Computing the total expense of homeownership is not easy. The costs vary from person to person, from city to city, and from time to time, because of both market conditions and tax treatment. A recent NMHC research paper (available upon request) offers one method of summarizing this diverse national experience. The study estimates how the housing costs — properly measured — of the typical home buyer in the mid-1980s would have compared with their costs had they rented identical housing.And they present several home-ownership "myths" (from 2004):
That research concludes that, when all the costs of owning and renting housing are considered, a majority of all families and individuals that bought a home in the mid-1980s would have saved money by renting comparable housing. Specifically, the study estimates that the average homebuyer in 1985 paid six percent more for housing during his residency in that house than if he had rented.
The costs of owning were particularly high for short-term owners, according to the study. Buyers who sold within four years of purchase on average paid 19 percent more as owners than they would have paid as renters. For these short-term owners, transactions costs averaged 23 percent of their total costs of owning.
These cost estimates make no allowance for the home-owners' time spent in the process of buying and selling, which typically far exceeds the time spent by renters in securing their housing and subsequently moving out.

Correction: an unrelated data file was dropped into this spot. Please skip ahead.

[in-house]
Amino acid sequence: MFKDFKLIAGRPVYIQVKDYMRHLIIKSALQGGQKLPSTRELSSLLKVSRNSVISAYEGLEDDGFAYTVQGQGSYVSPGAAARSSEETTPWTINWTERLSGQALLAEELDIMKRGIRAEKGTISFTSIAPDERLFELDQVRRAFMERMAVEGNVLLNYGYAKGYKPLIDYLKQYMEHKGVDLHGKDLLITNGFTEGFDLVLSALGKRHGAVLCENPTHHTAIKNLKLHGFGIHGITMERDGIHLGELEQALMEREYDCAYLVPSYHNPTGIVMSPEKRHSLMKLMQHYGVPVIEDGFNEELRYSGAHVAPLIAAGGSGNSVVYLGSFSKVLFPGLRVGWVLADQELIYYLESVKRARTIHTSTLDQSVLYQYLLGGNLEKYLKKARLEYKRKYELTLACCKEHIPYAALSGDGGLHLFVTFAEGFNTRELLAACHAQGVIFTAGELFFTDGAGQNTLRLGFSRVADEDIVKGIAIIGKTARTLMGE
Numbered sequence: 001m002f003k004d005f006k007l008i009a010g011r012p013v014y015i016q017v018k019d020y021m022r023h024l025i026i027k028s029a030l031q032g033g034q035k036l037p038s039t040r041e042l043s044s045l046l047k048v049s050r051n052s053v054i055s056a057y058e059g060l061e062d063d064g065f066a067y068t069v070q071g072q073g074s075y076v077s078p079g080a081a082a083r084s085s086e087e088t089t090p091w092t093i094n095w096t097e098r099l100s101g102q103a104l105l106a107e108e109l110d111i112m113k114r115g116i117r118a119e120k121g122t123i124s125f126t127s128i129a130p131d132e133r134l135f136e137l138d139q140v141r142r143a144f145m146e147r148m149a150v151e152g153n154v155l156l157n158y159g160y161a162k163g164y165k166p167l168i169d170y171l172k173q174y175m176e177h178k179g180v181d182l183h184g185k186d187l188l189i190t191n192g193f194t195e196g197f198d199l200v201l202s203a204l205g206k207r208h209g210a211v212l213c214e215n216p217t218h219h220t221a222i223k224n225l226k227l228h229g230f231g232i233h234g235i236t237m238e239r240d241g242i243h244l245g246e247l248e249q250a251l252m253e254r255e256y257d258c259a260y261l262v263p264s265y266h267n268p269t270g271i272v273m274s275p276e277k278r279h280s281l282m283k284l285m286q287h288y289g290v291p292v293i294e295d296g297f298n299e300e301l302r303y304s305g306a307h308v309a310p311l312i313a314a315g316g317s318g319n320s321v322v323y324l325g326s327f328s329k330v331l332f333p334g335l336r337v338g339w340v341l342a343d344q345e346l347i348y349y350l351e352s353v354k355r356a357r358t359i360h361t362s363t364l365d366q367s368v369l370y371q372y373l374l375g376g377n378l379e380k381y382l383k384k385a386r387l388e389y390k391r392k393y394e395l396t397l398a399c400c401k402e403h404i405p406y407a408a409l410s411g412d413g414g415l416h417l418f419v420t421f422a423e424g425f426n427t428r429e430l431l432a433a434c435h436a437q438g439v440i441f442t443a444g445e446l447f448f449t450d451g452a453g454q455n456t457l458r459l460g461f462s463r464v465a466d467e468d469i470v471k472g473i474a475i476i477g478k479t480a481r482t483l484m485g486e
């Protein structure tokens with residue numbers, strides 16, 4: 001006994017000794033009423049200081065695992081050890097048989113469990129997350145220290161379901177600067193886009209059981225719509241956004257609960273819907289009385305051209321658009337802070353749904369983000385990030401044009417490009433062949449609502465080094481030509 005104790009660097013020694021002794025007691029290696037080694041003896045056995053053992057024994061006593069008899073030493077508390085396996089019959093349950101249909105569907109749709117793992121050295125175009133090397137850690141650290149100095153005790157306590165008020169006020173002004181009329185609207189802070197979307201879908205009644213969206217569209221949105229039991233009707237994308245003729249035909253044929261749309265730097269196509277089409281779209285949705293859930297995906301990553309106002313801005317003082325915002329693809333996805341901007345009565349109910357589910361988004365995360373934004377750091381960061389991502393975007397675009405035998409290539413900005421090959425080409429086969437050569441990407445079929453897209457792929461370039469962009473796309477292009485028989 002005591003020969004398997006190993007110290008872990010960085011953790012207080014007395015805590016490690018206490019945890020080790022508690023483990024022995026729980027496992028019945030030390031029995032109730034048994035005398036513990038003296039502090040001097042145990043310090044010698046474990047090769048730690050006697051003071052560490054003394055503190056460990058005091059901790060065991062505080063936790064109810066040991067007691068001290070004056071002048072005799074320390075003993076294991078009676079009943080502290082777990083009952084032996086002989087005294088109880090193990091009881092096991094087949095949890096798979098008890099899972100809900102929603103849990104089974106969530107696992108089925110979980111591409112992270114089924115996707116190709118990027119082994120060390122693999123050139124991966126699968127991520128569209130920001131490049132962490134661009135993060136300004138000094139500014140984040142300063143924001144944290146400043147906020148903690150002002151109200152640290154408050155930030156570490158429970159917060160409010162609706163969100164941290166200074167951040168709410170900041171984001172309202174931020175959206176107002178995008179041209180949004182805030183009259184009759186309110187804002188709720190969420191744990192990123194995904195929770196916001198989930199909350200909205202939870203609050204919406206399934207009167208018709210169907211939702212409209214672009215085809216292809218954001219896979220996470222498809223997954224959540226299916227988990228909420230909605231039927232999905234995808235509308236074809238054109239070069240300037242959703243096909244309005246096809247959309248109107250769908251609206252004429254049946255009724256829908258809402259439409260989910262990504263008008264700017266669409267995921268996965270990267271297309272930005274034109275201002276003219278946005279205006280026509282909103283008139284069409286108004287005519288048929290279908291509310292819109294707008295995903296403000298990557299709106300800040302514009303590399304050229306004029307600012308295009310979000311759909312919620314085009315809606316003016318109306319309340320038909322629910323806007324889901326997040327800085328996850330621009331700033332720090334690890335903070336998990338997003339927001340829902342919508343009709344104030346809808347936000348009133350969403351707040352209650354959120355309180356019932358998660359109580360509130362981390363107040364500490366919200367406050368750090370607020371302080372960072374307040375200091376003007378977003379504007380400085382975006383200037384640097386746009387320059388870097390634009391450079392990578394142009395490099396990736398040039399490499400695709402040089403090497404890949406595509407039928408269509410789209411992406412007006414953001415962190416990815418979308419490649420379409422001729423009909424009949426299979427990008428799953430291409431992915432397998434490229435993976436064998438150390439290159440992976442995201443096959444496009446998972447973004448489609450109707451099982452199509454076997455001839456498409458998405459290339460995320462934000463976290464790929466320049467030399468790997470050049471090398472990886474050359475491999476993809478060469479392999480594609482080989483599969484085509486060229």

Myth: I'll reduce my tax bill if I buy a house.Of course, this organization is probably as trustworthy as the National Association of Realtors, but we hear so much of the Realtors' spin that I thought I'd post the counter-argument.
Reality: A majority of homeowners reap no annual tax benefits from owning a house.
Myth: Paying rent is throwing away money.
Reality: For the first five years of ownership, you are simply giving away your money to a bank. Nearly one-third of all buyers move within five years before they start building any real equity.
Myth: My mortgage payment will be less than my rent.
Reality: Your mortgage payment is just the beginning. The "hidden costs" of ownership can add up to thousands of dollars a year.
Myth: As an owner, my housing costs will stay constant. I won't have to worry about rent increases.
Reality: Your mortgage may remain constant, but other costs, such as maintenance, insurance and property taxes can go up significantly every year. And if you have an adjustable-rate mortgage, your mortgage payment itself can increase.
Myth: Investing in a house is a safe investment.
Reality: Even in today’s healthy housing market, stocks and bonds often still offer a better return.